To support the process, FAO has published a set of updated guidelines to assist governments in carrying out their national-level agricultural censuses, tailored to various different country needs and capacities. This is the latest edition of guidelines, which FAO provides every 10 years.
The censuses are crucial for governments to implement evidence-based policies to foster agricultural and rural development, ensure access to land, improve food security and reduce the adverse environmental impacts of agricultural activities.
The information collected provides an accurate picture of the agricultural sector and a reliable sampling frame for current agricultural surveys. In particular, the censuses entail a complete account of the structure of the agricultural sector, including the number and size of holdings, land use, crop area, crop intensity, irrigation facilities, agricultural input use, livestock numbers, as well as farmer demographics and employment.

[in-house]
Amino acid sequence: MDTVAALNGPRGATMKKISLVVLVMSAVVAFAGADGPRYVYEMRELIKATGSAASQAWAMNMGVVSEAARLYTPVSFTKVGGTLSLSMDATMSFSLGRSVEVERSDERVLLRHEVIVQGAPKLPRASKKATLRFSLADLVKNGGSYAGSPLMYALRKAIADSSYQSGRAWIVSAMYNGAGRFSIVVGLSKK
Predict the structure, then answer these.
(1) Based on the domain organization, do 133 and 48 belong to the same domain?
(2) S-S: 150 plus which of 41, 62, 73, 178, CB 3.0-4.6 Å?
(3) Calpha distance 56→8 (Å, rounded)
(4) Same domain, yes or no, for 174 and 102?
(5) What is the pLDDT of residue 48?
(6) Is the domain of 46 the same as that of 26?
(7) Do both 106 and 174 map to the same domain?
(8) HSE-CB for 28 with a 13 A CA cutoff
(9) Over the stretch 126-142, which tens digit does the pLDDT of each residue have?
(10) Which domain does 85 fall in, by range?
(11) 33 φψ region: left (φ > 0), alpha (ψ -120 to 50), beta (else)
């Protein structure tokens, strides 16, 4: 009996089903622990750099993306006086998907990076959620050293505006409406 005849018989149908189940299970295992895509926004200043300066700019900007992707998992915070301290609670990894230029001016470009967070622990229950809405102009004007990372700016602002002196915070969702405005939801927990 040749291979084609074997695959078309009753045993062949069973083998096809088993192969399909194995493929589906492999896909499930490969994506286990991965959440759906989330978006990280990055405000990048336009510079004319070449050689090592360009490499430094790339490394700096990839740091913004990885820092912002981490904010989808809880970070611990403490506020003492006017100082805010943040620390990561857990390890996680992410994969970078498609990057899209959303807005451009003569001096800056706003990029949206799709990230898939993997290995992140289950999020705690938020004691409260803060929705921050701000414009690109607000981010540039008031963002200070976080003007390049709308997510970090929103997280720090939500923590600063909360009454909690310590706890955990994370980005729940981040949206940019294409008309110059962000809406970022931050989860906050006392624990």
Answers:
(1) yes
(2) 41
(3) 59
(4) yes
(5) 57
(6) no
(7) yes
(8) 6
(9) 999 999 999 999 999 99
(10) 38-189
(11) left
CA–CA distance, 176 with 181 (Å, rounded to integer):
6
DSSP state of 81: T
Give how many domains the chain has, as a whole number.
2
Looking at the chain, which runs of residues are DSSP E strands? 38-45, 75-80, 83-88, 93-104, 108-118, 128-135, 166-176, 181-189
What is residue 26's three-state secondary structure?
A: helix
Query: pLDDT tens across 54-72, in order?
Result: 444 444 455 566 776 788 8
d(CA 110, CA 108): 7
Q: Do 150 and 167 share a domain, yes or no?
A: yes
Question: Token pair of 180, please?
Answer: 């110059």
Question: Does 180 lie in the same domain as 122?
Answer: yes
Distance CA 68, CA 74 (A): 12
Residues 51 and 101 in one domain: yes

Based on countries’ experiences and lessons learnt over previous decades, the new guidelines form part of the FAO coordinated World Programme for the Census of Agriculture, which covers the period 2016-2025. For the first time, the new census programme provides guidance on how to obtain and integrate data on fisheries and on greenhouse gas and ammonia emissions from agricultural activities.
The guidelines advocate an intensive use of information and communication technologies in all census taking operations. In particular, the use of geo-referencing devices, including global positioning systems (GPS) and geographical information systems (GIS), as well as mobile phones and tablets or laptops, provide new opportunities to speed-up the process and improve data quality. Satellite images can also assist where households and land plots are clearly demarcated.
Mobile phone applications and other user-friendly dissemination tools can help to ensure broader access to census results.
Pietro Gennari, FAO chief statistician, said, “The use of these guidelines by FAO member countries ensures that census results are harmonised and internationally comparable, and allows countries to benchmark their performance against others.
“They address the requirements of both developed and developing countries, and provide the foundation for the development of an integrated census and survey programme, for using innovative methods and tools for data collection, and ultimately, for making better informed strategic decisions,” he added.